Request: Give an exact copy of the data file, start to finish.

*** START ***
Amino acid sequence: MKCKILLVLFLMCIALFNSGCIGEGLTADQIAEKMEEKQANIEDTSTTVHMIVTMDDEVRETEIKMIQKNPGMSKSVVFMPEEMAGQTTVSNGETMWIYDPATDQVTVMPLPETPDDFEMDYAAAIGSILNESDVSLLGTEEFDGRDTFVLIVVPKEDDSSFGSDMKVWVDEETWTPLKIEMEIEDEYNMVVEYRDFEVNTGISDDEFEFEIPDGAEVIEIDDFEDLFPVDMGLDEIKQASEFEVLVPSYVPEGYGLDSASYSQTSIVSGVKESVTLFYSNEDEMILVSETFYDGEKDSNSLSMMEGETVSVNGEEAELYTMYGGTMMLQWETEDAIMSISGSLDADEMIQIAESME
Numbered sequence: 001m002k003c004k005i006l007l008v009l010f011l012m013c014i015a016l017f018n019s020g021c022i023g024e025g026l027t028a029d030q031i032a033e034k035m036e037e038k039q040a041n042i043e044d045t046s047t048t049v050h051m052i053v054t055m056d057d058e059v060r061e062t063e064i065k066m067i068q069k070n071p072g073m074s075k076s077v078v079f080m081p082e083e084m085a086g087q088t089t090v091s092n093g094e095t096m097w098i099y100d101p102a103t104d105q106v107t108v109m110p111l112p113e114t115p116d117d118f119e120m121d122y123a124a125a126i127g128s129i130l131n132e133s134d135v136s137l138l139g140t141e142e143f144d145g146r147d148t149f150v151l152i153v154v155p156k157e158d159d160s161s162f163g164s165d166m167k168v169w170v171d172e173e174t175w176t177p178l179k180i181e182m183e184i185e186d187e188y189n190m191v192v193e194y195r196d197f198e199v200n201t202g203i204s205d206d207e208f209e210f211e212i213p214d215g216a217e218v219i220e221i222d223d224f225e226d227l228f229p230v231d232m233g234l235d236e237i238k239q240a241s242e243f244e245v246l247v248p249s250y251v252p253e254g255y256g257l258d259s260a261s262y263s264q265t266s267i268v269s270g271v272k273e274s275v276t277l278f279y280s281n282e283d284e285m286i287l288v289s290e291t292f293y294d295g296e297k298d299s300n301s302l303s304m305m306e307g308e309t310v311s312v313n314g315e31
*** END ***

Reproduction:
Amino acid sequence: MKCKILLVLFLMCIALFNSGCIGEGLTADQIAEKMEEKQANIEDTSTTVHMIVTMDDEVRETEIKMIQKNPGMSKSVVFMPEEMAGQTTVSNGETMWIYDPATDQVTVMPLPETPDDFEMDYAAAIGSILNESDVSLLGTEEFDGRDTFVLIVVPKEDDSSFGSDMKVWVDEETWTPLKIEMEIEDEYNMVVEYRDFEVNTGISDDEFEFEIPDGAEVIEIDDFEDLFPVDMGLDEIKQASEFEVLVPSYVPEGYGLDSASYSQTSIVSGVKESVTLFYSNEDEMILVSETFYDGEKDSNSLSMMEGETVSVNGEEAELYTMYGGTMMLQWETEDAIMSISGSLDADEMIQIAESME
Numbered sequence: 001m002k003c004k005i006l007l008v009l010f011l012m013c014i015a016l017f018n019s020g021c022i023g024e025g026l027t028a029d030q031i032a033e034k035m036e037e038k039q040a041n042i043e044d045t046s047t048t049v050h051m052i053v054t055m056d057d058e059v060r061e062t063e064i065k066m067i068q069k070n071p072g073m074s075k076s077v078v079f080m081p082e083e084m085a086g087q088t089t090v091s092n093g094e095t096m097w098i099y100d101p102a103t104d105q106v107t108v109m110p111l112p113e114t115p116d117d118f119e120m121d122y123a124a125a126i127g128s129i130l131n132e133s134d135v136s137l138l139g140t141e142e143f144d145g146r147d148t149f150v151l152i153v154v155p156k157e158d159d160s161s162f163g164s165d166m167k168v169w170v171d172e173e174t175w176t177p178l179k180i181e182m183e184i185e186d187e188y189n190m191v192v193e194y195r196d197f198e199v200n201t202g203i204s205d206d207e208f209e210f211e212i213p214d215g216a217e218v219i220e221i222d223d224f225e226d227l228f229p230v231d232m233g234l235d236e237i238k239q240a241s242e243f244e245v246l247v248p249s250y251v252p253e254g255y256g257l258d259s260a261s262y263s264q265t266s267i268v269s270g271v272k273e274s275v276t277l278f279y280s281n282e283d284e285m286i287l288v289s290e291t292f293y294d295g296e297k298d299s300n301s302l303s304m305m306e307g308e309t310v311s312v313n314g315e31